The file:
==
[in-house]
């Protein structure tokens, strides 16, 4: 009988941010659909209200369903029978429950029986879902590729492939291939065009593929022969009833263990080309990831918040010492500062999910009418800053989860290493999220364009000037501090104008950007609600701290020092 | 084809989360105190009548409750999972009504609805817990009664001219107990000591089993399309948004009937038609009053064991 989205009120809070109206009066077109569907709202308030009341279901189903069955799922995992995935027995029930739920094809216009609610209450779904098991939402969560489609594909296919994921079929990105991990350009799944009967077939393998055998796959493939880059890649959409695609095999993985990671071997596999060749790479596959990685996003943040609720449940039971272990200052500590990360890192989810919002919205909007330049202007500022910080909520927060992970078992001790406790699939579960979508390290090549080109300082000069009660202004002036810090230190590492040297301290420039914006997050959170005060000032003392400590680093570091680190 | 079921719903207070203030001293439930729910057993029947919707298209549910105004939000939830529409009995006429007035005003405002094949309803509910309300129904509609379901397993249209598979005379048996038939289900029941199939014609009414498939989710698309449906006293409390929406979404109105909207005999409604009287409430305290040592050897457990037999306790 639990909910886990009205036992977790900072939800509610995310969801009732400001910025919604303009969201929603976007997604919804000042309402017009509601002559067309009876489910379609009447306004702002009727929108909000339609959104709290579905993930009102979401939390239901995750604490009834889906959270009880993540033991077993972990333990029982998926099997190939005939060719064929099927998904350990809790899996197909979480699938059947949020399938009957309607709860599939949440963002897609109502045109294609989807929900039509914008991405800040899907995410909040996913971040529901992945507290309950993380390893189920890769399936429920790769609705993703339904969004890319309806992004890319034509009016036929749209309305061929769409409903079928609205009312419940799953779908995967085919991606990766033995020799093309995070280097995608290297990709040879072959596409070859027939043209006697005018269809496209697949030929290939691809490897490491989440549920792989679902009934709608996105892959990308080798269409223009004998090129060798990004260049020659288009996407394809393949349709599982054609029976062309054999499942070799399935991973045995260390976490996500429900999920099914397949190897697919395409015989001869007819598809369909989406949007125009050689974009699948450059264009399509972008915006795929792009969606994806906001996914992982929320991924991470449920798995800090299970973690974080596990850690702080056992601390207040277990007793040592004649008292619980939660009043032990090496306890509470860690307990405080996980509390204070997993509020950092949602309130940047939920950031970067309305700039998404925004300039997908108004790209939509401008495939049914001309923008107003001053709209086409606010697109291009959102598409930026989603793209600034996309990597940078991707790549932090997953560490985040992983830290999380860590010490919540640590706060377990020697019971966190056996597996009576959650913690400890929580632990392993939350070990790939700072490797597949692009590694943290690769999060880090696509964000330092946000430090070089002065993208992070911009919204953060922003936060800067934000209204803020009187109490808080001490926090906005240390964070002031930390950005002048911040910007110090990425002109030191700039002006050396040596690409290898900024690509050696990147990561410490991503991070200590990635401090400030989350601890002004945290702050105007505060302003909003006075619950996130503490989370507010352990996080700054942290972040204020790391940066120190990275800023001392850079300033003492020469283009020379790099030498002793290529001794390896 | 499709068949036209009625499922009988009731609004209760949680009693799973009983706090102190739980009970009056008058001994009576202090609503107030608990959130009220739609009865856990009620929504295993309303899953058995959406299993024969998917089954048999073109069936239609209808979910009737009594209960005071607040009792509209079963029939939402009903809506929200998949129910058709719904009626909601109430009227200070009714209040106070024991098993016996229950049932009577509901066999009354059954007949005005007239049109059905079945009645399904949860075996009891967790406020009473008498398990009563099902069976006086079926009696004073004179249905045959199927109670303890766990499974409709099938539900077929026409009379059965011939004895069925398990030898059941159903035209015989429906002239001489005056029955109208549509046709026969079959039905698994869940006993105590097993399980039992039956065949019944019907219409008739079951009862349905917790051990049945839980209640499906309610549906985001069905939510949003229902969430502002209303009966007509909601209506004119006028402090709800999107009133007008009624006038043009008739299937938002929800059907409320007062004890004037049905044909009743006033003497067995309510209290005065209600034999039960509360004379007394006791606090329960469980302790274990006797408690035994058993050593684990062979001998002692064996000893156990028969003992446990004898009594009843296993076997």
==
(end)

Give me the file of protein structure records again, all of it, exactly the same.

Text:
[in-house]
């Protein structure tokens, strides 16, 4: 009988941010659909209200369903029978429950029986879902590729492939291939065009593929022969009833263990080309990831918040010492500062999910009418800053989860290493999220364009000037501090104008950007609600701290020092 | 084809989360105190009548409750999972009504609805817990009664001219107990000591089993399309948004009937038609009053064991 989205009120809070109206009066077109569907709202308030009341279901189903069955799922995992995935027995029930739920094809216009609610209450779904098991939402969560489609594909296919994921079929990105991990350009799944009967077939393998055998796959493939880059890649959409695609095999993985990671071997596999060749790479596959990685996003943040609720449940039971272990200052500590990360890192989810919002919205909007330049202007500022910080909520927060992970078992001790406790699939579960979508390290090549080109300082000069009660202004002036810090230190590492040297301290420039914006997050959170005060000032003392400590680093570091680190 | 079921719903207070203030001293439930729910057993029947919707298209549910105004939000939830529409009995006429007035005003405002094949309803509910309300129904509609379901397993249209598979005379048996038939289900029941199939014609009414498939989710698309449906006293409390929406979404109105909207005999409604009287409430305290040592050897457990037999306790 639990909910886990009205036992977790900072939800509610995310969801009732400001910025919604303009969201929603976007997604919804000042309402017009509601002559067309009876489910379609009447306004702002009727929108909000339609959104709290579905993930009102979401939390239901995750604490009834889906959270009880993540033991077993972990333990029982998926099997190939005939060719064929099927998904350990809790899996197909979480699938059947949020399938009957309607709860599939949440963002897609109502045109294609989807929900039509914008991405800040899907995410909040996913971040529901992945507290309950993380390893189920890769399936429920790769609705993703339904969004890319309806992004890319034509009016036929749209309305061929769409409903079928609205009312419940799953779908995967085919991606990766033995020799093309995070280097995608290297990709040879072959596409070859027939043209006697005018269809496209697949030929290939691809490897490491989440549920792989679902009934709608996105892959990308080798269409223009004998090129060798990004260049020659288009996407394809393949349709599982054609029976062309054999499942070799399935991973045995260390976490996500429900999920099914397949190897697919395409015989001869007819598809369909989406949007125009050689974009699948450059264009399509972008915006795929792009969606994806906001996914992982929320991924991470449920798995800090299970973690974080596990850690702080056992601390207040277990007793040592004649008292619980939660009043032990090496306890509470860690307990405080996980509390204070997993509020950092949602309130940047939920950031970067309305700039998404925004300039997908108004790209939509401008495939049914001309923008107003001053709209086409606010697109291009959102598409930026989603793209600034996309990597940078991707790549932090997953560490985040992983830290999380860590010490919540640590706060377990020697019971966190056996597996009576959650913690400890929580632990392993939350070990790939700072490797597949692009590694943290690769999060880090696509964000330092946000430090070089002065993208992070911009919204953060922003936060800067934000209204803020009187109490808080001490926090906005240390964070002031930390950005002048911040910007110090990425002109030191700039002006050396040596690409290898900024690509050696990147990561410490991503991070200590990635401090400030989350601890002004945290702050105007505060302003909003006075619950996130503490989370507010352990996080700054942290972040204020790391940066120190990275800023001392850079300033003492020469283009020379790099030498002793290529001794390896 | 499709068949036209009625499922009988009731609004209760949680009693799973009983706090102190739980009970009056008058001994009576202090609503107030608990959130009220739609009865856990009620929504295993309303899953058995959406299993024969998917089954048999073109069936239609209808979910009737009594209960005071607040009792509209079963029939939402009903809506929200998949129910058709719904009626909601109430009227200070009714209040106070024991098993016996229950049932009577509901066999009354059954007949005005007239049109059905079945009645399904949860075996009891967790406020009473008498398990009563099902069976006086079926009696004073004179249905045959199927109670303890766990499974409709099938539900077929026409009379059965011939004895069925398990030898059941159903035209015989429906002239001489005056029955109208549509046709026969079959039905698994869940006993105590097993399980039992039956065949019944019907219409008739079951009862349905917790051990049945839980209640499906309610549906985001069905939510949003229902969430502002209303009966007509909601209506004119006028402090709800999107009133007008009624006038043009008739299937938002929800059907409320007062004890004037049905044909009743006033003497067995309510209290005065209600034999039960509360004379007394006791606090329960469980302790274990006797408690035994058993050593684990062979001998002692064996000893156990028969003992446990004898009594009843296993076997």